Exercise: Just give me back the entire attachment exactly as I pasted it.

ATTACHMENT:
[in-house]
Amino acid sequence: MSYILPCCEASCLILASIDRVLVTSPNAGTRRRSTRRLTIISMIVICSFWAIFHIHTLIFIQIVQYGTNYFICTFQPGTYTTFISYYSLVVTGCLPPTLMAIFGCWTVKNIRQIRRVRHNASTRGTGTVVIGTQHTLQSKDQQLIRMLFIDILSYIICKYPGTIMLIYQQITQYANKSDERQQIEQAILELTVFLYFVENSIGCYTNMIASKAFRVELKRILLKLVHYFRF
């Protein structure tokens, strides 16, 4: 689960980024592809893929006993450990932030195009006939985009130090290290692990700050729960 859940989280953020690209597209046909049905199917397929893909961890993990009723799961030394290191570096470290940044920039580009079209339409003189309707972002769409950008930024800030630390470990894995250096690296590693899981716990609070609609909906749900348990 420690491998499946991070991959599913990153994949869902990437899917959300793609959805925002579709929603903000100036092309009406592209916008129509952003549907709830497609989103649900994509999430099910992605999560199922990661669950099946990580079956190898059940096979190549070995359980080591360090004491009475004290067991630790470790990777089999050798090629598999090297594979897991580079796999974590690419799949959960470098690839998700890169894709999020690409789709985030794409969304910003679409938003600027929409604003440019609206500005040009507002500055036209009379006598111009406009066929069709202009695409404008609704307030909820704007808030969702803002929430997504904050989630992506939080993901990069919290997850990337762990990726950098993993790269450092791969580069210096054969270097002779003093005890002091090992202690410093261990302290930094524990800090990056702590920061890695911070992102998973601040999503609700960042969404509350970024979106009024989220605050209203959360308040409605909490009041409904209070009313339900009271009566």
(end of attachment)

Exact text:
[in-house]
Amino acid sequence: MSYILPCCEASCLILASIDRVLVTSPNAGTRRRSTRRLTIISMIVICSFWAIFHIHTLIFIQIVQYGTNYFICTFQPGTYTTFISYYSLVVTGCLPPTLMAIFGCWTVKNIRQIRRVRHNASTRGTGTVVIGTQHTLQSKDQQLIRMLFIDILSYIICKYPGTIMLIYQQITQYANKSDERQQIEQAILELTVFLYFVENSIGCYTNMIASKAFRVELKRILLKLVHYFRF
């Protein structure tokens, strides 16, 4: 689960980024592809893929006993450990932030195009006939985009130090290290692990700050729960 859940989280953020690209597209046909049905199917397929893909961890993990009723799961030394290191570096470290940044920039580009079209339409003189309707972002769409950008930024800030630390470990894995250096690296590693899981716990609070609609909906749900348990 420690491998499946991070991959599913990153994949869902990437899917959300793609959805925002579709929603903000100036092309009406592209916008129509952003549907709830497609989103649900994509999430099910992605999560199922990661669950099946990580079956190898059940096979190549070995359980080591360090004491009475004290067991630790470790990777089999050798090629598999090297594979897991580079796999974590690419799949959960470098690839998700890169894709999020690409789709985030794409969304910003679409938003600027929409604003440019609206500005040009507002500055036209009379006598111009406009066929069709202009695409404008609704307030909820704007808030969702803002929430997504904050989630992506939080993901990069919290997850990337762990990726950098993993790269450092791969580069210096054969270097002779003093005890002091090992202690410093261990302290930094524990800090990056702590920061890695911070992102998973601040999503609700960042969404509350970024979106009024989220605050209203959360308040409605909490009041409904209070009313339900009271009566």